A retired judge stopped writing to magazines because they now demand electronic copies of manuscripts. A manuscript is no more manually scripted, not even type-scripted – it is e-scripted. The judge has a wealth of wisdom to share, and has been doing so before the e-need. He is not comfortable with equating writing with pounding of keyboard and clicking of mouse, looking at computer screen. He has no reason to learn typing after having dictated lengthy scholarly judgments through his career. The smart phones already make him feel dumb and the smarter PCs would add insult to injury. The necessary evil gadgets distract the flow of his thoughts.
Dr. HS Venkatesha Murthy, an accomplished Kannada writer, is comfortable with PC when he writes essays, but needs paper to pen his poems. He says that finer emotions don’t flow out of keyboard.
In the websites of some Universities we find several excellent lectures on various subjects. Some of the professors depend heavily on slide shows. Many speakers are lost without the crutches named power point slides. In such context, it is nostalgic to see some excellent professors using only black board and chalk to deliver brilliant talks. Watch MIT and Yale lectures on Physics, for example.
Forty years ago I wrote about 20 letters a month, using special stationary and elegant postage stamps bought from philatelic bureau. Now on certain days I write or respond to about 20 emails; but it is ages since I wrote a personal letter. When I have to write an official letter to some organisation or even have to fill a paper form, it is cumbersome. My fond collection of fountain pens lies in the drawer, unused.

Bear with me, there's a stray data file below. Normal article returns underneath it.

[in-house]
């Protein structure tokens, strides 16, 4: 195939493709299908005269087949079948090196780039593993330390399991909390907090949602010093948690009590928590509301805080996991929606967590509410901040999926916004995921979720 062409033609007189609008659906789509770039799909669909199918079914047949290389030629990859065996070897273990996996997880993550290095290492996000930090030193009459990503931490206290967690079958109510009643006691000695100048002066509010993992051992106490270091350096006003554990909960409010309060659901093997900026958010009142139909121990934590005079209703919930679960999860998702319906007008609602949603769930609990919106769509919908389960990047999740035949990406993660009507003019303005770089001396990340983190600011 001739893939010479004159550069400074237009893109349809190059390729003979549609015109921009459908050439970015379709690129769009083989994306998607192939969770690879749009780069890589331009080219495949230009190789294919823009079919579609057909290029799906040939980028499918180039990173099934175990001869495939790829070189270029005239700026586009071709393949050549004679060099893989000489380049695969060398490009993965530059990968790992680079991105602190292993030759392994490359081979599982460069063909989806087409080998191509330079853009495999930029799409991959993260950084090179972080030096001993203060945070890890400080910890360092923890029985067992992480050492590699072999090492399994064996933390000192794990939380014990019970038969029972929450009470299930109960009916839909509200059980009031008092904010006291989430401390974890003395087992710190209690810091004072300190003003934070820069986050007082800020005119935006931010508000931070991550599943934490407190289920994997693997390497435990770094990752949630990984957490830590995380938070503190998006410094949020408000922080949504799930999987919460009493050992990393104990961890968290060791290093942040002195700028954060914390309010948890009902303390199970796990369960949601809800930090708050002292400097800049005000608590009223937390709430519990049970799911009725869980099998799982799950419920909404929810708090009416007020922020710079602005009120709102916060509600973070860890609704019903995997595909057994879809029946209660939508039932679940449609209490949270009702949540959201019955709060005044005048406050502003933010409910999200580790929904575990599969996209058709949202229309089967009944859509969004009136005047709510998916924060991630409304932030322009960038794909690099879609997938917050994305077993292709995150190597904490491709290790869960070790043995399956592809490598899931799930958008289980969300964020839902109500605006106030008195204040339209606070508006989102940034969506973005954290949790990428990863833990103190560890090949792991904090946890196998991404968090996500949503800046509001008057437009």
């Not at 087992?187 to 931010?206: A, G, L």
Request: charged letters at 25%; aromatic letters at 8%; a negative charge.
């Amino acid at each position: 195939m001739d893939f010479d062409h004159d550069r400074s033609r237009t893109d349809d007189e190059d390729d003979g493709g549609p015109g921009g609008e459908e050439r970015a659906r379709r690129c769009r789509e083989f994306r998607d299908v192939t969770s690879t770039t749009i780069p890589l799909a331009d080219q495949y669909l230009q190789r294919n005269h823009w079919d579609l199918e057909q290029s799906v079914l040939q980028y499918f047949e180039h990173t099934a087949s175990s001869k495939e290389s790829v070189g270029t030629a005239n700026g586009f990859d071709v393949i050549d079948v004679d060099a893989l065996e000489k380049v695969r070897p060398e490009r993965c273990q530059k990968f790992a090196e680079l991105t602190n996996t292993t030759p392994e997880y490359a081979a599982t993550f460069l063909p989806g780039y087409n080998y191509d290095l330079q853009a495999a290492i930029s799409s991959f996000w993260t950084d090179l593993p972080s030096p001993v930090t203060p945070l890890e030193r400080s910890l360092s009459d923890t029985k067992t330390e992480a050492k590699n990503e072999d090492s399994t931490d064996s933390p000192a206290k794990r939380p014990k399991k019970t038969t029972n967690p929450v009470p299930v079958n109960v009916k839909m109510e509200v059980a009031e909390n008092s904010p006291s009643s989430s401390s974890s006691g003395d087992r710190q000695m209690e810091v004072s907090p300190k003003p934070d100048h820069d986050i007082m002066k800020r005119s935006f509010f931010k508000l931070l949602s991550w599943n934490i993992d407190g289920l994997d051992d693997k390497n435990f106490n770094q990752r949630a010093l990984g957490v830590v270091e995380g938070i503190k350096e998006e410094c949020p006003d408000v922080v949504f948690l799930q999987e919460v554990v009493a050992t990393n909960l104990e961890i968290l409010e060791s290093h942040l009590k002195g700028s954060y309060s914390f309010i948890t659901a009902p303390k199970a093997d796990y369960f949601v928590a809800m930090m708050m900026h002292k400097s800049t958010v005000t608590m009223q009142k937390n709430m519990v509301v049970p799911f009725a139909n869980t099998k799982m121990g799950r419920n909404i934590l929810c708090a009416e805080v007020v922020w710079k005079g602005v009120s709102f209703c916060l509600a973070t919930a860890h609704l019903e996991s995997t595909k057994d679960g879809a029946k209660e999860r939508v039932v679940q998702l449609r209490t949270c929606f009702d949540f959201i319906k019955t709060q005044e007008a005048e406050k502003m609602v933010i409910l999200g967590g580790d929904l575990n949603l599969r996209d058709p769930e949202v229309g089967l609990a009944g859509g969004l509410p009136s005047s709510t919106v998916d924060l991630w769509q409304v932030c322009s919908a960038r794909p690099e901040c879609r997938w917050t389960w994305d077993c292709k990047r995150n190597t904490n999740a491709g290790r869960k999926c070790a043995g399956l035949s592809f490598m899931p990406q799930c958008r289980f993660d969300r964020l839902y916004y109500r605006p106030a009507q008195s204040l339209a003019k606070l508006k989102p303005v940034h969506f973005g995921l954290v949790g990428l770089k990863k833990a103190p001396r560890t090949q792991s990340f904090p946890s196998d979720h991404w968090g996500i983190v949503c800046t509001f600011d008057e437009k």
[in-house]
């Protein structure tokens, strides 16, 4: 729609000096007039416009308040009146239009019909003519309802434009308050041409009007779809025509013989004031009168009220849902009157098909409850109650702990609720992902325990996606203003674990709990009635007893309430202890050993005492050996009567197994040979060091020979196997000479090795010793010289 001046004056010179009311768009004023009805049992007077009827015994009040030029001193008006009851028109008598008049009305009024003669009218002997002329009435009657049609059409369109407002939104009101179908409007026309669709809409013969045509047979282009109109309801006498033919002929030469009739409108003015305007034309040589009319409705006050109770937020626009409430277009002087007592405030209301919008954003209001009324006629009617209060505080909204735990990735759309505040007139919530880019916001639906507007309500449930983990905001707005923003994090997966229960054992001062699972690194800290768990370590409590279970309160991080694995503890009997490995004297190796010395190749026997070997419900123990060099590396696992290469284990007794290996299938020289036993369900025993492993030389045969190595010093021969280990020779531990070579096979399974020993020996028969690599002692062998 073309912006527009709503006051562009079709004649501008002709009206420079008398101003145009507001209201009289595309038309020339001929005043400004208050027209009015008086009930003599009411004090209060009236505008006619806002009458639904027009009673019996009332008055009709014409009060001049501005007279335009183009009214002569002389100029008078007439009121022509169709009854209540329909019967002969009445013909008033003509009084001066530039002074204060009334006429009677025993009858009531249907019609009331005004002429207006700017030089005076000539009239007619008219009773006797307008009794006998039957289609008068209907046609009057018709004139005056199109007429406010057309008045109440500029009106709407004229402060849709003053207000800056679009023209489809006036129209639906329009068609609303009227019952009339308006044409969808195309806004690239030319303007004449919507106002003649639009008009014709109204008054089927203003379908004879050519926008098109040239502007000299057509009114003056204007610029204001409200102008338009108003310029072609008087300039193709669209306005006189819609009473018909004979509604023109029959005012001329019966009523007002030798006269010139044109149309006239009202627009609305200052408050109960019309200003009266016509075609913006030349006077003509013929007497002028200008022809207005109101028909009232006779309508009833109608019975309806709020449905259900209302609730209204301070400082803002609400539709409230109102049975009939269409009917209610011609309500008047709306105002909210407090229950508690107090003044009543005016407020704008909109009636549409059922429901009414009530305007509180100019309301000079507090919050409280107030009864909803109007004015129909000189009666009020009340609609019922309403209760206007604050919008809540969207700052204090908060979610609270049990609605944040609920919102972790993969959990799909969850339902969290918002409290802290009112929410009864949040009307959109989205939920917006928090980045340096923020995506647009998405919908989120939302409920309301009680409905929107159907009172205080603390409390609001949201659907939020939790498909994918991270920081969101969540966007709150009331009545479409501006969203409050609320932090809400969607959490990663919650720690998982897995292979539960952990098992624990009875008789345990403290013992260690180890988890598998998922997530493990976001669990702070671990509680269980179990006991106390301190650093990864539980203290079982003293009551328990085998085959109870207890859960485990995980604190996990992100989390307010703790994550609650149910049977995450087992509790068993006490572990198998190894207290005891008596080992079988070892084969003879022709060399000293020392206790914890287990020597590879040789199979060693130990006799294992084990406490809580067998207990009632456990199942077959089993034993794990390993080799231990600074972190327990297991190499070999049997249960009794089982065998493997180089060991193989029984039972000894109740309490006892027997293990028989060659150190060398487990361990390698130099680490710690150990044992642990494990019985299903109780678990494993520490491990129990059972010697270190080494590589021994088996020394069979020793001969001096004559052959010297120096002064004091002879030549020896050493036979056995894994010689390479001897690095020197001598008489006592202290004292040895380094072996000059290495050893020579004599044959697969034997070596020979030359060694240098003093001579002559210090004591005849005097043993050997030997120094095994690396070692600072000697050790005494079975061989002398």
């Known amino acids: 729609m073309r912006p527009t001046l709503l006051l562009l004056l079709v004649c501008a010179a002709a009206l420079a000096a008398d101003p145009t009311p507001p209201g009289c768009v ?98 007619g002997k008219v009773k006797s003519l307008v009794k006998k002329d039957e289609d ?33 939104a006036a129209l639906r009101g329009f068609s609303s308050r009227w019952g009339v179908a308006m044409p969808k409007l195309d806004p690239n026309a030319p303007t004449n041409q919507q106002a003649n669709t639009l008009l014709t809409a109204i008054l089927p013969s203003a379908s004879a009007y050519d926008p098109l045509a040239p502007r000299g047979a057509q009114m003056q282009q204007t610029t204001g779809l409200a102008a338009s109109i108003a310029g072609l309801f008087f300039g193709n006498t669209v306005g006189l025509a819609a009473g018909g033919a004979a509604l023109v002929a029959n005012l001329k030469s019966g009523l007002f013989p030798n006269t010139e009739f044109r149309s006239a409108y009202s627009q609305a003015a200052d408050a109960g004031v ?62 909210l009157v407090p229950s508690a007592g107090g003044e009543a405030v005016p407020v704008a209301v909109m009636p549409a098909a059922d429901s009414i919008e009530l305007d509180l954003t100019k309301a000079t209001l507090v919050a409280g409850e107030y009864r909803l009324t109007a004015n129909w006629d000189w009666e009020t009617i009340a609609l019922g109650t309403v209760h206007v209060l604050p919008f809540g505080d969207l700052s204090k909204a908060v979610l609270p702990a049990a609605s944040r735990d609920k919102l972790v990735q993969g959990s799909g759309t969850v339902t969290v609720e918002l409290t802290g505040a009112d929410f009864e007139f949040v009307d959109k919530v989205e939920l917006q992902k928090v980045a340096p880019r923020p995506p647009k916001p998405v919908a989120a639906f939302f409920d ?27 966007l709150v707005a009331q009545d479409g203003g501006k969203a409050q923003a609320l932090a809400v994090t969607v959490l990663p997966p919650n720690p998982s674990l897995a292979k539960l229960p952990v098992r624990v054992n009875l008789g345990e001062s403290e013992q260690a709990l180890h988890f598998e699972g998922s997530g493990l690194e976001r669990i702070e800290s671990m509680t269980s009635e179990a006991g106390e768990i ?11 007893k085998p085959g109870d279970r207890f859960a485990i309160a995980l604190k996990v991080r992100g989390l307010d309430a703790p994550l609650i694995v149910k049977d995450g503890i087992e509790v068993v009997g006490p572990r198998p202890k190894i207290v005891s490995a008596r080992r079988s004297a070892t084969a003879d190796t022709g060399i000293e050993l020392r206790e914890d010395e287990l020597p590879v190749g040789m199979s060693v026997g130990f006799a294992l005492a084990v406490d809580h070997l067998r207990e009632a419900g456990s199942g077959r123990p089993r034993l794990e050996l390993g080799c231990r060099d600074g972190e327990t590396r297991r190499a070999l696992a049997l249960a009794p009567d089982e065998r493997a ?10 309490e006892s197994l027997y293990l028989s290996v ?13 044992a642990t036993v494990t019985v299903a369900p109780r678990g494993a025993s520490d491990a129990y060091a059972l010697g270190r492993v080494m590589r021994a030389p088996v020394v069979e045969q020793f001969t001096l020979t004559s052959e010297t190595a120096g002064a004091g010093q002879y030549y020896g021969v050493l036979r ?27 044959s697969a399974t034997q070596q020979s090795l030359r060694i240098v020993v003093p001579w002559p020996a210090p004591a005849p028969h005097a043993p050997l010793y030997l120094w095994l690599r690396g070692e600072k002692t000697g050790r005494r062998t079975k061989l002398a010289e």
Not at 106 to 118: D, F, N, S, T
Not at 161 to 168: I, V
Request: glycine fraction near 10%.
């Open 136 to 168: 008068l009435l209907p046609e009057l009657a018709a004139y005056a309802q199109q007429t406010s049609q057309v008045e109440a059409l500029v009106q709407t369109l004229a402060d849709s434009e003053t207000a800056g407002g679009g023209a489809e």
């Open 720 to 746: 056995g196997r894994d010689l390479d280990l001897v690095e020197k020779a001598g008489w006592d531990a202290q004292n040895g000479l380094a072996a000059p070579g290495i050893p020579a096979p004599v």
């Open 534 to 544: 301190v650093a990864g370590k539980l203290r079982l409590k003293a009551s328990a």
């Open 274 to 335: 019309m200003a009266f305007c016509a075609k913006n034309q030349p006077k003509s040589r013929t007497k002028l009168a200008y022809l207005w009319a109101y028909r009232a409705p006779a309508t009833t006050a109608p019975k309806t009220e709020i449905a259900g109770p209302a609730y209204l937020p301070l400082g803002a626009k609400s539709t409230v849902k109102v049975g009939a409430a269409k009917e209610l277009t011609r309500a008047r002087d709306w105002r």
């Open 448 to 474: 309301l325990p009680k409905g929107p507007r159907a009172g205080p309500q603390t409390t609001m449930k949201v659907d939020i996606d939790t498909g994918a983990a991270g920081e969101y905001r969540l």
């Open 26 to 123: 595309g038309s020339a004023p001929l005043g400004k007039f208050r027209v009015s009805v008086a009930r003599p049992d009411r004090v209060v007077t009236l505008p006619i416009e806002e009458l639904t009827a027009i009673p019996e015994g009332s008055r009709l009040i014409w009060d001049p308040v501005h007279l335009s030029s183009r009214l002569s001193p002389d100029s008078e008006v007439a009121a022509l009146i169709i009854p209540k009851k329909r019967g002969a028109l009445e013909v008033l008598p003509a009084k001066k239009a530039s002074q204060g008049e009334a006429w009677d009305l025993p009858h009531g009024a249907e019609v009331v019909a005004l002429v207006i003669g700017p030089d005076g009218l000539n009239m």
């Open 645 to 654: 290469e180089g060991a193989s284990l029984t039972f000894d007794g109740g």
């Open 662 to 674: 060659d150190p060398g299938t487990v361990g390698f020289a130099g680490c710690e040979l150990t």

My niece Anupama sent me her PhD thesis, which I read in a couple of days and admired. I thought of sending her a hand-written letter and not a typical email. Two months and two days have passed and I am yet to write that letter.
The second paragraph in Parkinson’s Law states, “Granted that work (especially paperwork) is elastic in its demand on time…” Parkinson writes, “An elderly lady of leisure can spend the entire day in writing and dispatching a postcard to her niece at Bognor Regis. An hour will be spent on finding the post card, another in hunting the spectacles, half an hour in a search for the address, an hour and a quarter in composition, and twenty minutes in deciding whether or not to take an umbrella when going to the mailbox in the next street. The total effort that would take a busy man for three minutes all told may be in this fashion leave another person prostrate after a day of doubt, anxiety, and toil.”
Parkinson’s Law: “Work expands so as to fill the time available for its completion.”
A corollary is that work gets postponed (eventually not done) because of our discomfort with the tool we use to perform the task.
We can safeguard from this peril by continuously sharpening our tools and learning to use new tools. When we learn a new tool, let us not allow the old one to rust. Let us not forget mental math because we now use a computer or calculator. Because we use text messages or email, let us not forget the handwritten letters. I shall write that letter to Anupama, using a lovely pen that she gifted me a few years ago!